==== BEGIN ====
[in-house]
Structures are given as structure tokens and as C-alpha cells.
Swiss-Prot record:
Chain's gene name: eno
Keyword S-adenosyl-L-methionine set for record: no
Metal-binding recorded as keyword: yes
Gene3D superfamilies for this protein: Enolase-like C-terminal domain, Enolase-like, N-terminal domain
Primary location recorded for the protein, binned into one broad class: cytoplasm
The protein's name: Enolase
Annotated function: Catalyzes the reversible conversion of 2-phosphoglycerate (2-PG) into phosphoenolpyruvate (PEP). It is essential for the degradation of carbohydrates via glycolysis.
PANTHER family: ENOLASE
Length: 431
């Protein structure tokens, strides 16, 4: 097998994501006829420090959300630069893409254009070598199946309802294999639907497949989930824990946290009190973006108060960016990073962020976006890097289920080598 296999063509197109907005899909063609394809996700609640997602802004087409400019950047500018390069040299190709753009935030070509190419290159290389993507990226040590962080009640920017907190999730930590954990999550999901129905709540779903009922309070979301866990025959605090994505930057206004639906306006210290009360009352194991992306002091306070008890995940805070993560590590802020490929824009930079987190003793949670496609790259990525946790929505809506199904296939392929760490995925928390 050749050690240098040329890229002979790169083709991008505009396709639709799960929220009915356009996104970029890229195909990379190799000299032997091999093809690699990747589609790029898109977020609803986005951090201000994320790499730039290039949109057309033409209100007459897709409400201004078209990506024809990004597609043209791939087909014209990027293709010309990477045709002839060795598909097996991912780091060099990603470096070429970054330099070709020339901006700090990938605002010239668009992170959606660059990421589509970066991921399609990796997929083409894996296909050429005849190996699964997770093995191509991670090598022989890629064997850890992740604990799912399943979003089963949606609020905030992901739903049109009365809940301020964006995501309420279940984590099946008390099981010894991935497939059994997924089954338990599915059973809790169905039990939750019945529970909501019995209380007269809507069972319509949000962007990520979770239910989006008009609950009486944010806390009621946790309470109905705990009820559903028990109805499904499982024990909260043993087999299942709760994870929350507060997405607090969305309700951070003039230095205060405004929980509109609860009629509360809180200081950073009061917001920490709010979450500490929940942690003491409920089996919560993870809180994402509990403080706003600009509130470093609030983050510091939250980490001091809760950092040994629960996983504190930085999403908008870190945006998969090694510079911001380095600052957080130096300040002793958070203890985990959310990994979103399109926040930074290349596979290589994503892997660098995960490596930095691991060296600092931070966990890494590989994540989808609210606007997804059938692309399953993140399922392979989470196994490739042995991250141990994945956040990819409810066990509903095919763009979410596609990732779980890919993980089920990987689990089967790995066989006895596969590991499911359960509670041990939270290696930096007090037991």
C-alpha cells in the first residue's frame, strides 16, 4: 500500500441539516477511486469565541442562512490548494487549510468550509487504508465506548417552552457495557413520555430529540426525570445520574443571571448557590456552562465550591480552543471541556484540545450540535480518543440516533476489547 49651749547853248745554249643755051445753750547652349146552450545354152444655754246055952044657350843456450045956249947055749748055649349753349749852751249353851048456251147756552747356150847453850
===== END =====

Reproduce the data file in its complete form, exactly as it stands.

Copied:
[in-house]
Structures are given as structure tokens and as C-alpha cells.
Swiss-Prot record:
Chain's gene name: eno
Keyword S-adenosyl-L-methionine set for record: no
Metal-binding recorded as keyword: yes
Gene3D superfamilies for this protein: Enolase-like C-terminal domain, Enolase-like, N-terminal domain
Primary location recorded for the protein, binned into one broad class: cytoplasm
The protein's name: Enolase
Annotated function: Catalyzes the reversible conversion of 2-phosphoglycerate (2-PG) into phosphoenolpyruvate (PEP). It is essential for the degradation of carbohydrates via glycolysis.
PANTHER family: ENOLASE
Length: 431
């Protein structure tokens, strides 16, 4: 097998994501006829420090959300630069893409254009070598199946309802294999639907497949989930824990946290009190973006108060960016990073962020976006890097289920080598 296999063509197109907005899909063609394809996700609640997602802004087409400019950047500018390069040299190709753009935030070509190419290159290389993507990226040590962080009640920017907190999730930590954990999550999901129905709540779903009922309070979301866990025959605090994505930057206004639906306006210290009360009352194991992306002091306070008890995940805070993560590590802020490929824009930079987190003793949670496609790259990525946790929505809506199904296939392929760490995925928390 050749050690240098040329890229002979790169083709991008505009396709639709799960929220009915356009996104970029890229195909990379190799000299032997091999093809690699990747589609790029898109977020609803986005951090201000994320790499730039290039949109057309033409209100007459897709409400201004078209990506024809990004597609043209791939087909014209990027293709010309990477045709002839060795598909097996991912780091060099990603470096070429970054330099070709020339901006700090990938605002010239668009992170959606660059990421589509970066991921399609990796997929083409894996296909050429005849190996699964997770093995191509991670090598022989890629064997850890992740604990799912399943979003089963949606609020905030992901739903049109009365809940301020964006995501309420279940984590099946008390099981010894991935497939059994997924089954338990599915059973809790169905039990939750019945529970909501019995209380007269809507069972319509949000962007990520979770239910989006008009609950009486944010806390009621946790309470109905705990009820559903028990109805499904499982024990909260043993087999299942709760994870929350507060997405607090969305309700951070003039230095205060405004929980509109609860009629509360809180200081950073009061917001920490709010979450500490929940942690003491409920089996919560993870809180994402509990403080706003600009509130470093609030983050510091939250980490001091809760950092040994629960996983504190930085999403908008870190945006998969090694510079911001380095600052957080130096300040002793958070203890985990959310990994979103399109926040930074290349596979290589994503892997660098995960490596930095691991060296600092931070966990890494590989994540989808609210606007997804059938692309399953993140399922392979989470196994490739042995991250141990994945956040990819409810066990509903095919763009979410596609990732779980890919993980089920990987689990089967790995066989006895596969590991499911359960509670041990939270290696930096007090037991």
C-alpha cells in the first residue's frame, strides 16, 4: 500500500441539516477511486469565541442562512490548494487549510468550509487504508465506548417552552457495557413520555430529540426525570445520574443571571448557590456552562465550591480552543471541556484540545450540535480518543440516533476489547 49651749547853248745554249643755051445753750547652349146552450545354152444655754246055952044657350843456450045956249947055749748055649349753349749852751249353851048456251147756552747356150847453850